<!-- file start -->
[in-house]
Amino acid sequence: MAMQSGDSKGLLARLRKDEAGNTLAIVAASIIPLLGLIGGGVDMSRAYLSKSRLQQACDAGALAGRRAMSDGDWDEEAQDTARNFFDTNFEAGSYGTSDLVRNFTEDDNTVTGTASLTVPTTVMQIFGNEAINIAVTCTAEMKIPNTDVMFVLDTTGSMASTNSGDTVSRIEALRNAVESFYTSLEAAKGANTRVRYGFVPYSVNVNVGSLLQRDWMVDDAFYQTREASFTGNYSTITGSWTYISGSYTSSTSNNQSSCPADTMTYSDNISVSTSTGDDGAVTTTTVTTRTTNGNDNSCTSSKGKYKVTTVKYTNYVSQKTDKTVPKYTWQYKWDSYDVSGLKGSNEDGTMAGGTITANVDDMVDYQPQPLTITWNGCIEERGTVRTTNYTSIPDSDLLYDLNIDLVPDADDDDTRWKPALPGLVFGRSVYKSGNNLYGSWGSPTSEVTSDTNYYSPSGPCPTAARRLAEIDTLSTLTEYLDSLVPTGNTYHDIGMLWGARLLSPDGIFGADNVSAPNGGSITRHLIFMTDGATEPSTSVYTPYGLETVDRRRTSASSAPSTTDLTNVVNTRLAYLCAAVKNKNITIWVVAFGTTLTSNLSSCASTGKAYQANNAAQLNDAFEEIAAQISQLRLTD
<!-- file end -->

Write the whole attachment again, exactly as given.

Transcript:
[in-house]
Amino acid sequence: MAMQSGDSKGLLARLRKDEAGNTLAIVAASIIPLLGLIGGGVDMSRAYLSKSRLQQACDAGALAGRRAMSDGDWDEEAQDTARNFFDTNFEAGSYGTSDLVRNFTEDDNTVTGTASLTVPTTVMQIFGNEAINIAVTCTAEMKIPNTDVMFVLDTTGSMASTNSGDTVSRIEALRNAVESFYTSLEAAKGANTRVRYGFVPYSVNVNVGSLLQRDWMVDDAFYQTREASFTGNYSTITGSWTYISGSYTSSTSNNQSSCPADTMTYSDNISVSTSTGDDGAVTTTTVTTRTTNGNDNSCTSSKGKYKVTTVKYTNYVSQKTDKTVPKYTWQYKWDSYDVSGLKGSNEDGTMAGGTITANVDDMVDYQPQPLTITWNGCIEERGTVRTTNYTSIPDSDLLYDLNIDLVPDADDDDTRWKPALPGLVFGRSVYKSGNNLYGSWGSPTSEVTSDTNYYSPSGPCPTAARRLAEIDTLSTLTEYLDSLVPTGNTYHDIGMLWGARLLSPDGIFGADNVSAPNGGSITRHLIFMTDGATEPSTSVYTPYGLETVDRRRTSASSAPSTTDLTNVVNTRLAYLCAAVKNKNITIWVVAFGTTLTSNLSSCASTGKAYQANNAAQLNDAFEEIAAQISQLRLTD